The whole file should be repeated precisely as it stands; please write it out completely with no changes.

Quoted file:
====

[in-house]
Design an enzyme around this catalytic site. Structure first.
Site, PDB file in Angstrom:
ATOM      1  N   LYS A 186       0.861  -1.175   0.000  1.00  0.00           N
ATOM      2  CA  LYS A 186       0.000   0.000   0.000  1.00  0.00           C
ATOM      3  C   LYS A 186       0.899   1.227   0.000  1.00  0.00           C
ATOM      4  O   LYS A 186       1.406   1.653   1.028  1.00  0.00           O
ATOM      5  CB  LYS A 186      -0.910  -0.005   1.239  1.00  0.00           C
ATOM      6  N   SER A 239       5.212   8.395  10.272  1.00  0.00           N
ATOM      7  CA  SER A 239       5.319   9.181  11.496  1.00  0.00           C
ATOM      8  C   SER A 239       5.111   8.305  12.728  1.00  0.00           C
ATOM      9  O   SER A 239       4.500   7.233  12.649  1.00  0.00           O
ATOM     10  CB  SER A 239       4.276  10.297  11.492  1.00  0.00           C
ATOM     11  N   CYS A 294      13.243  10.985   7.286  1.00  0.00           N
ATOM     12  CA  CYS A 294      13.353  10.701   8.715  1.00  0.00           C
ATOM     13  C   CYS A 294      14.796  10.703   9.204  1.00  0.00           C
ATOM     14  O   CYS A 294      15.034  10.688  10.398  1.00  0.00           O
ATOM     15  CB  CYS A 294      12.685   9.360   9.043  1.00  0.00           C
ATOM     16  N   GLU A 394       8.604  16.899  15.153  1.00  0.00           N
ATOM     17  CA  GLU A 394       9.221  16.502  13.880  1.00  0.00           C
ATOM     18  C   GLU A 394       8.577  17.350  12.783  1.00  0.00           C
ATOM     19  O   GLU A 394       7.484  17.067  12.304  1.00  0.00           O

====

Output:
[in-house]
Design an enzyme around this catalytic site. Structure first.
Site, PDB file in Angstrom:
ATOM      1  N   LYS A 186       0.861  -1.175   0.000  1.00  0.00           N
ATOM      2  CA  LYS A 186       0.000   0.000   0.000  1.00  0.00           C
ATOM      3  C   LYS A 186       0.899   1.227   0.000  1.00  0.00           C
ATOM      4  O   LYS A 186       1.406   1.653   1.028  1.00  0.00           O
ATOM      5  CB  LYS A 186      -0.910  -0.005   1.239  1.00  0.00           C
ATOM      6  N   SER A 239       5.212   8.395  10.272  1.00  0.00           N
ATOM      7  CA  SER A 239       5.319   9.181  11.496  1.00  0.00           C
ATOM      8  C   SER A 239       5.111   8.305  12.728  1.00  0.00           C
ATOM      9  O   SER A 239       4.500   7.233  12.649  1.00  0.00           O
ATOM     10  CB  SER A 239       4.276  10.297  11.492  1.00  0.00           C
ATOM     11  N   CYS A 294      13.243  10.985   7.286  1.00  0.00           N
ATOM     12  CA  CYS A 294      13.353  10.701   8.715  1.00  0.00           C
ATOM     13  C   CYS A 294      14.796  10.703   9.204  1.00  0.00           C
ATOM     14  O   CYS A 294      15.034  10.688  10.398  1.00  0.00           O
ATOM     15  CB  CYS A 294      12.685   9.360   9.043  1.00  0.00           C
ATOM     16  N   GLU A 394       8.604  16.899  15.153  1.00  0.00           N
ATOM     17  CA  GLU A 394       9.221  16.502  13.880  1.00  0.00           C
ATOM     18  C   GLU A 394       8.577  17.350  12.783  1.00  0.00           C
ATOM     19  O   GLU A 394       7.484  17.067  12.304  1.00  0.00           O